The harvester is an incredibly complicated machine. On the right you can see a bit of yellow this is where the scoop is. The harvester is driven so that the furrows run into the scoop of the machine where a spinning rack of tines grab the hay and pull it in. At this point the hay runs into an auger which forces the hay into a chamber where a piston compresses the hay into rectangular bales. As the bale moves through the machine there are two stings tied around it and secured with square knots. The machine has a very complicated set of gears that tie square knots (somewhere around 30 I believe, hopefully at some point I will get pictures of this device and post about it). There is an open panel in the machine in this picture and the twine used to bale the hay is seen with my friend Jimmy's brother Dan working to replace the reams of twine (Jimmy is the one running, I can't recall what for). After the bale is completed the bale is forced toward the back of the machine where they haypult is. At the back of the machine inside the yellow cage is a shiny platform, when a bale gets to the end of the platform it pushes a lever which causes the platform to launch the hay bale into the air about 8-10 feet high and about 12-18 feet back. Now see the next picture for the continuation of this explanation.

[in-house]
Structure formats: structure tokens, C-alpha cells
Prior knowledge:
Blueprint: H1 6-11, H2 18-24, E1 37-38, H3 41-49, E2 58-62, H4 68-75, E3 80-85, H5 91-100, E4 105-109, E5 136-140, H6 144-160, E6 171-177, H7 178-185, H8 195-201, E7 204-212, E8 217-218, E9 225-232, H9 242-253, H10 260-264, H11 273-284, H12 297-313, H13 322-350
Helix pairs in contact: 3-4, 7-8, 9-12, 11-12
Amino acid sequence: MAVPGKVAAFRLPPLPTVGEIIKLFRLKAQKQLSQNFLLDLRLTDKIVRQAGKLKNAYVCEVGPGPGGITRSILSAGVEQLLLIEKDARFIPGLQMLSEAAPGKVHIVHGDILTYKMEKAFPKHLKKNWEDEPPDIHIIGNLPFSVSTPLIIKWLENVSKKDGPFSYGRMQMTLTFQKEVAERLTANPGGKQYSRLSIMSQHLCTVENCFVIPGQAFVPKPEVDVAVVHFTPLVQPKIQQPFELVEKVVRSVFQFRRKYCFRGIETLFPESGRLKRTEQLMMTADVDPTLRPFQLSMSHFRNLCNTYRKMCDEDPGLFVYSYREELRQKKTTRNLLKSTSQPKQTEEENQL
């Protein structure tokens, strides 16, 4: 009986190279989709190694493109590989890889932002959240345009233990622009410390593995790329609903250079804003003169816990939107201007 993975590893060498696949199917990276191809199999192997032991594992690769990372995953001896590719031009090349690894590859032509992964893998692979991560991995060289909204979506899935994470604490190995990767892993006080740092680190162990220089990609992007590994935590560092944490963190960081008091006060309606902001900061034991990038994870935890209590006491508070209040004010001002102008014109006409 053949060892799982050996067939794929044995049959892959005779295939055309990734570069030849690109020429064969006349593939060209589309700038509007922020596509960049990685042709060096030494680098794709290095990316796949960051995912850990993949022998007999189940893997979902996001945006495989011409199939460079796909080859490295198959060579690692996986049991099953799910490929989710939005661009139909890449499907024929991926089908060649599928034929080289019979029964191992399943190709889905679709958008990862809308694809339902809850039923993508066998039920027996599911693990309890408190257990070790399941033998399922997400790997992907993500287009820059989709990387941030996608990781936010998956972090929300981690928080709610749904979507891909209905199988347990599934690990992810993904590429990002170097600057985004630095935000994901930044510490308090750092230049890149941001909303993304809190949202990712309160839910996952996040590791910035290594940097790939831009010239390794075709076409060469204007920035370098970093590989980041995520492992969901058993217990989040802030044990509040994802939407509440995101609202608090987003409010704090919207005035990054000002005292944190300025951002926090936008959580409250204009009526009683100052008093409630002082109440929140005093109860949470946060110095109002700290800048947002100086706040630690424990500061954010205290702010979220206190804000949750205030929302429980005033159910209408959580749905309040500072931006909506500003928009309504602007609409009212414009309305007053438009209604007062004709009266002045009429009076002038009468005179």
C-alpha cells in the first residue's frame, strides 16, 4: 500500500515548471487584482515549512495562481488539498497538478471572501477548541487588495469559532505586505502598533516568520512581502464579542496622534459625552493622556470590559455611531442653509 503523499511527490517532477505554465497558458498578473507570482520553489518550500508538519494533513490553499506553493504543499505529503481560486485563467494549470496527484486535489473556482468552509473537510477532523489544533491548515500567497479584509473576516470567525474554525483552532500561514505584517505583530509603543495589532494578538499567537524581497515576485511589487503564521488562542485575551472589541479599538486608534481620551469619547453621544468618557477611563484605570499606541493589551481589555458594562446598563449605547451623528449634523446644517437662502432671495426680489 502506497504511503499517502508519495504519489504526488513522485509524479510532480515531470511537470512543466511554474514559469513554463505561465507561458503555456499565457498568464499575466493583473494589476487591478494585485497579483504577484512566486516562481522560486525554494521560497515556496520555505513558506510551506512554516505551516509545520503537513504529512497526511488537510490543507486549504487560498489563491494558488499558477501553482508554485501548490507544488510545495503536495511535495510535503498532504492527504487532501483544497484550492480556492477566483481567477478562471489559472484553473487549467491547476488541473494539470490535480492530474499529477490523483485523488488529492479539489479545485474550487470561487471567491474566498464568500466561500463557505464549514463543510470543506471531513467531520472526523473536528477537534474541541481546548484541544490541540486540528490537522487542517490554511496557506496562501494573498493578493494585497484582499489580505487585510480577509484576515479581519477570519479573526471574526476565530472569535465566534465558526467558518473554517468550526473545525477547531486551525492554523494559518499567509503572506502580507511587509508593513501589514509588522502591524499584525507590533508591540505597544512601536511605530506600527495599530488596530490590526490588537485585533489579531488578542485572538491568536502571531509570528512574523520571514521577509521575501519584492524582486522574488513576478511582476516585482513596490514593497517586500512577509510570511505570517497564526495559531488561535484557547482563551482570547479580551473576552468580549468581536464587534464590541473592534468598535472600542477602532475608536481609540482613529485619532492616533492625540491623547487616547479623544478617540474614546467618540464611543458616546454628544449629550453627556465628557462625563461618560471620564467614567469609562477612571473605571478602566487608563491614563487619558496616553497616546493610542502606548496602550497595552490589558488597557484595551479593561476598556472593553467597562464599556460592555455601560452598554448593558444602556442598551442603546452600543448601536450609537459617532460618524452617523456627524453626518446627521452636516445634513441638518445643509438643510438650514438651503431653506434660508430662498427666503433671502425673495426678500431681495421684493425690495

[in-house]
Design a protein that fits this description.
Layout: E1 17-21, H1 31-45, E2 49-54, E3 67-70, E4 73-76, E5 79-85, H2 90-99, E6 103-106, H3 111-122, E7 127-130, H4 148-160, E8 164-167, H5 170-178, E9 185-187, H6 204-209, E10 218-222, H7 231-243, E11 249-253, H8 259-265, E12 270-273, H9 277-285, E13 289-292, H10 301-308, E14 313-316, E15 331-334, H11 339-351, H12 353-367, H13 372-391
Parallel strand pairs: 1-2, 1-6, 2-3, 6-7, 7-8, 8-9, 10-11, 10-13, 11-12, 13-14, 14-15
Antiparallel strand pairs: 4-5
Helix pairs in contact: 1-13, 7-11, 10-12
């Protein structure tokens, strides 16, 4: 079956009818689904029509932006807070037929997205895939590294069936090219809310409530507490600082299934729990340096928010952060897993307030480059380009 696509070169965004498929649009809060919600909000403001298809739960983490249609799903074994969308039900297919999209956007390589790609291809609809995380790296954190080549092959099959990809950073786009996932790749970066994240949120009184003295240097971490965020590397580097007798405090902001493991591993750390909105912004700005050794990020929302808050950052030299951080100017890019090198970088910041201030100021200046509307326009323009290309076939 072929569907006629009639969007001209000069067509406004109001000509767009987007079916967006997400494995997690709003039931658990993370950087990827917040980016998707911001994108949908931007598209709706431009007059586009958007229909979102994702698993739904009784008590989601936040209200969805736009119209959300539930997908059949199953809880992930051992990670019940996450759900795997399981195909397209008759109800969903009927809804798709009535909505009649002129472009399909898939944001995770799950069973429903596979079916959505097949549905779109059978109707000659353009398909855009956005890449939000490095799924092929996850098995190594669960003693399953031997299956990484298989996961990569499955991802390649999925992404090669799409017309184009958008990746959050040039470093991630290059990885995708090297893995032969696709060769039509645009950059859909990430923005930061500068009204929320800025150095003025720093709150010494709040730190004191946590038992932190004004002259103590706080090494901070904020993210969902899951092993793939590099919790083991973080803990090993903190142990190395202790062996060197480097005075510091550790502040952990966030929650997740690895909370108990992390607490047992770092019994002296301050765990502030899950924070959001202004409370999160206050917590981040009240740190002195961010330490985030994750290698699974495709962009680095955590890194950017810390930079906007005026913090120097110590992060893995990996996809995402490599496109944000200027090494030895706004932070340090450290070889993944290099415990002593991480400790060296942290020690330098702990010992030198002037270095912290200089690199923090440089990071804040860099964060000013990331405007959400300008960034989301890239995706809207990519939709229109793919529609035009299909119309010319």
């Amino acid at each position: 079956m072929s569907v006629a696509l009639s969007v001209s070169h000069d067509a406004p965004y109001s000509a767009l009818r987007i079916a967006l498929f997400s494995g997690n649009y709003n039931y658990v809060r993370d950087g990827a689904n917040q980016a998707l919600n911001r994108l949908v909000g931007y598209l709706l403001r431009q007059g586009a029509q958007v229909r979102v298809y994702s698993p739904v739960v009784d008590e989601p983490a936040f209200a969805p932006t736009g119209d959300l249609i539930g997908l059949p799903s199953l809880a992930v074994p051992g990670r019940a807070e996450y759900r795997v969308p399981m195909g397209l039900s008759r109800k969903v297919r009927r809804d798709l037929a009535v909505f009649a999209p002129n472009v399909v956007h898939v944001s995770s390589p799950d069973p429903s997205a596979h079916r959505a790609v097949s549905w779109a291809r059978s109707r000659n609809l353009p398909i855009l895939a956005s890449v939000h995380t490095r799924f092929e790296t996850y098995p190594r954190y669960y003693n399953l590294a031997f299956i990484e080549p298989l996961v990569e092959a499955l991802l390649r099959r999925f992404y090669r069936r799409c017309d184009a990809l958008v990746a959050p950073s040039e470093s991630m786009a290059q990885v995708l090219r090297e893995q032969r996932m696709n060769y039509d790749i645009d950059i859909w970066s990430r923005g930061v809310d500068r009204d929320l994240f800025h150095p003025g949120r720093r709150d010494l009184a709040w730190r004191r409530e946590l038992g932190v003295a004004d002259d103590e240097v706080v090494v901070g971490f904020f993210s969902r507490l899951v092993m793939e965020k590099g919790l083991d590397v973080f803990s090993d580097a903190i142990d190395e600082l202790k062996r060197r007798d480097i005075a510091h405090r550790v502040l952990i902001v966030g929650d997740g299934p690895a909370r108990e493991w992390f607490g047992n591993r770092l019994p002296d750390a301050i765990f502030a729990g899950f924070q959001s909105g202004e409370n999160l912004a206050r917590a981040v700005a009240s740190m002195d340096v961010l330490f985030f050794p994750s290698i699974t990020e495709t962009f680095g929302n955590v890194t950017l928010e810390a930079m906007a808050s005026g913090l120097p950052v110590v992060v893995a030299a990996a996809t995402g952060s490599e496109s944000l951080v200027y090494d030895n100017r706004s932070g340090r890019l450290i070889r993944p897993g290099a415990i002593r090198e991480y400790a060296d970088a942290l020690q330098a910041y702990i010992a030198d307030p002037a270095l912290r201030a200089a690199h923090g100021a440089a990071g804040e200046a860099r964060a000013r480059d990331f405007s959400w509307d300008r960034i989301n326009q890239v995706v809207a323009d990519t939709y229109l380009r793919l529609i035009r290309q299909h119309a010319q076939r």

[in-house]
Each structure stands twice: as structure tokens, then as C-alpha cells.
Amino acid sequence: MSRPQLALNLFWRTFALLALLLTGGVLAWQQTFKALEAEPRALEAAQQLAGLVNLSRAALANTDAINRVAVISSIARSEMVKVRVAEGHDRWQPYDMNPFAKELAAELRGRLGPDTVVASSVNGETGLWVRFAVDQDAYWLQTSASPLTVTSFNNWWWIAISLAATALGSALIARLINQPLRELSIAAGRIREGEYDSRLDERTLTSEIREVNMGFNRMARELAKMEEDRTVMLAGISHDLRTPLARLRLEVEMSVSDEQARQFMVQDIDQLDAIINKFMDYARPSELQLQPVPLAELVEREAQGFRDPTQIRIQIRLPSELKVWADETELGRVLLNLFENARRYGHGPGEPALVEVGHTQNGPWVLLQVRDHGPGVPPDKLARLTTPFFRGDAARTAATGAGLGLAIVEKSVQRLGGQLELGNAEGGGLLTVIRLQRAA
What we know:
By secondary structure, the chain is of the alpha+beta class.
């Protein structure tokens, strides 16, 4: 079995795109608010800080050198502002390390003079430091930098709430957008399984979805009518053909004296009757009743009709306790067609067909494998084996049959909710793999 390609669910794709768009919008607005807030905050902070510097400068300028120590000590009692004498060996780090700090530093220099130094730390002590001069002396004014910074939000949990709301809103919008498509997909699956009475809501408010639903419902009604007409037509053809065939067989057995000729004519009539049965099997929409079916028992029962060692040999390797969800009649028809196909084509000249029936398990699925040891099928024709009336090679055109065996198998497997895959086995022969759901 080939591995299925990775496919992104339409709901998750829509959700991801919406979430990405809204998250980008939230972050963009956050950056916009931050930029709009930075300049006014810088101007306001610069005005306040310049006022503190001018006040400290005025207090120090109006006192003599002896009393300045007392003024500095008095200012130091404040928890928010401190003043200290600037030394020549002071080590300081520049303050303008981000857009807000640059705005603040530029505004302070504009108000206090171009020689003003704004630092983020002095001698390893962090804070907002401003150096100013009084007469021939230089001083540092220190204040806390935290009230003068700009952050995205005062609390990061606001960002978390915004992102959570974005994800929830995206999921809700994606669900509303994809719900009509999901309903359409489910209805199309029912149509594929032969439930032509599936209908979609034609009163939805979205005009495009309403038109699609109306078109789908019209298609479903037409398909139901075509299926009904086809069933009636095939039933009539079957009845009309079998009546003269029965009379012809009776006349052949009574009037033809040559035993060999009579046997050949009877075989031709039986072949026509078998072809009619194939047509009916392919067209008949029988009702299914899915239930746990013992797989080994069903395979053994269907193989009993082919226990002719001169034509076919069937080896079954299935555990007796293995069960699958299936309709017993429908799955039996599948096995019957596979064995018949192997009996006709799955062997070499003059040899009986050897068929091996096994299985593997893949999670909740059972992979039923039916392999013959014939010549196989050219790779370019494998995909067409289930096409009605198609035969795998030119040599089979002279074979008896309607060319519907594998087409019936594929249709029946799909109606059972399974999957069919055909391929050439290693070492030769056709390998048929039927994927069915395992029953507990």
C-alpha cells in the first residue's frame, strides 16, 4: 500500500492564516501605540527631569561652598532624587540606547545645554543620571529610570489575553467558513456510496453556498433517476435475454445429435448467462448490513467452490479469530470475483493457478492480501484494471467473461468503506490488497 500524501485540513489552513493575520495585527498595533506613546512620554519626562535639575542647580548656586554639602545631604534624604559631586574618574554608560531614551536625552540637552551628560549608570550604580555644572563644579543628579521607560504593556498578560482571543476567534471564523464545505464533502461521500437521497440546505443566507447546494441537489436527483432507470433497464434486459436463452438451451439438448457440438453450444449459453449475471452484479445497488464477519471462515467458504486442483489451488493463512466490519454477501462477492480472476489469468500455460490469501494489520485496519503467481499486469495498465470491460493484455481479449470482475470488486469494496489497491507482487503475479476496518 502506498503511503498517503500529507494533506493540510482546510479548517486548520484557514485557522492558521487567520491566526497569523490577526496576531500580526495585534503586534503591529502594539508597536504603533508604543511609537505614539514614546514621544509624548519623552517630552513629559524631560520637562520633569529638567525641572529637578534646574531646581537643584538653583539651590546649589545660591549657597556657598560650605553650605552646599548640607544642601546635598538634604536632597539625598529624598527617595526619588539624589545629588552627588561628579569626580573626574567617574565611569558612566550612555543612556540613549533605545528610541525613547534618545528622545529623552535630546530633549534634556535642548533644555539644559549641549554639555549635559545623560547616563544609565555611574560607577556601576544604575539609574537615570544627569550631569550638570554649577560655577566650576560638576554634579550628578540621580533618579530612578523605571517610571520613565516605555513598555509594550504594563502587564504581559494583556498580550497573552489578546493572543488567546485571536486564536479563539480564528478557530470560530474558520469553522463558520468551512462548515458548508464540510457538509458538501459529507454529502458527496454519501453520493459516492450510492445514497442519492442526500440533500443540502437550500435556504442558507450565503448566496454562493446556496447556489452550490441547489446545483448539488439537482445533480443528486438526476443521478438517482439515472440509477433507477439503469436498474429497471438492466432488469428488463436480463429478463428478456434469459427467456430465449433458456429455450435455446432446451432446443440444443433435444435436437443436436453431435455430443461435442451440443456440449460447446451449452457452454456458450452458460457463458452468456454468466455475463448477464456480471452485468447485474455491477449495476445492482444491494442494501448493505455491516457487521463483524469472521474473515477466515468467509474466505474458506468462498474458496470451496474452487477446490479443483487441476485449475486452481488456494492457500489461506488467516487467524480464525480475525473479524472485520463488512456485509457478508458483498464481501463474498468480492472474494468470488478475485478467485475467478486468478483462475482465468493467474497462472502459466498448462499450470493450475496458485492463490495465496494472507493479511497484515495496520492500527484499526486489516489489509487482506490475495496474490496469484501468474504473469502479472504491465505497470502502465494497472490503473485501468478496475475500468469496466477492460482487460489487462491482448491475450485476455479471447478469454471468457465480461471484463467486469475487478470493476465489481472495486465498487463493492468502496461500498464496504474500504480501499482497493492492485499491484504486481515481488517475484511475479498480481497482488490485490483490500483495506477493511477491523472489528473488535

The hay gets launched into the wagon behind where one or two people attempt to catch/redirect the hay in an orderly manner. As the wagon fills with hay the catcher has to balance on the moving wagon while standing on as many as 4 levels of hay bales. The wagon is then unhitched and connected to the truck (that I was in when I took this picture of my friend Pasha in the foreground and Jimmy's other brother Shawn in the background, Dan is driving the tractor). The truck pulls away and the other hay wagon is hitched to the tractor so the harvest can continue as the truck takes the full wagon back to the barn to unload. After unloading the empty wagon is brought back to the field to be filled and the now refilled second wagon is hitched to the truck. This was pretty much non-stop with about 30 minutes for lunch for around 8-9 hours two days in a row. The unloading of the hay is another issue all together and I will tell you about it next week.

What kind of farm post would this be on The Lansey Brothers' Blog if I didn't have a picture of the inside of the tractor.

Sunday, January 10, 2010

Idolatry in Chestnut Hill Reservoir

While walking in the park near the Chestnut Hill Reservoir near Brighton and Brookline MA I noticed something quite inexplicable. I found in the snow an open completely new bottle of Solignac Cognac, the lid to said bottle, two upright and unlit candles, two lit- but not smoked cigars and a pack of matches with only a few missing.
You might think this sort of thing happens not so often, but earlier this winter I saw a similar thing. That time there were two empty martini glasses, a filled a bottle of rum, another filled bottle of some hard liquor, an open a pack of cigarettes with just one or two missing, two ceramic plates filled with sand and again two lit but not smoked cigars. It looked like they had left in a hurry but it may have just been the wind scattering the things.

Anyone have any particular theories about what this is?

Thursday, January 07, 2010

Important International Fire Safety Tip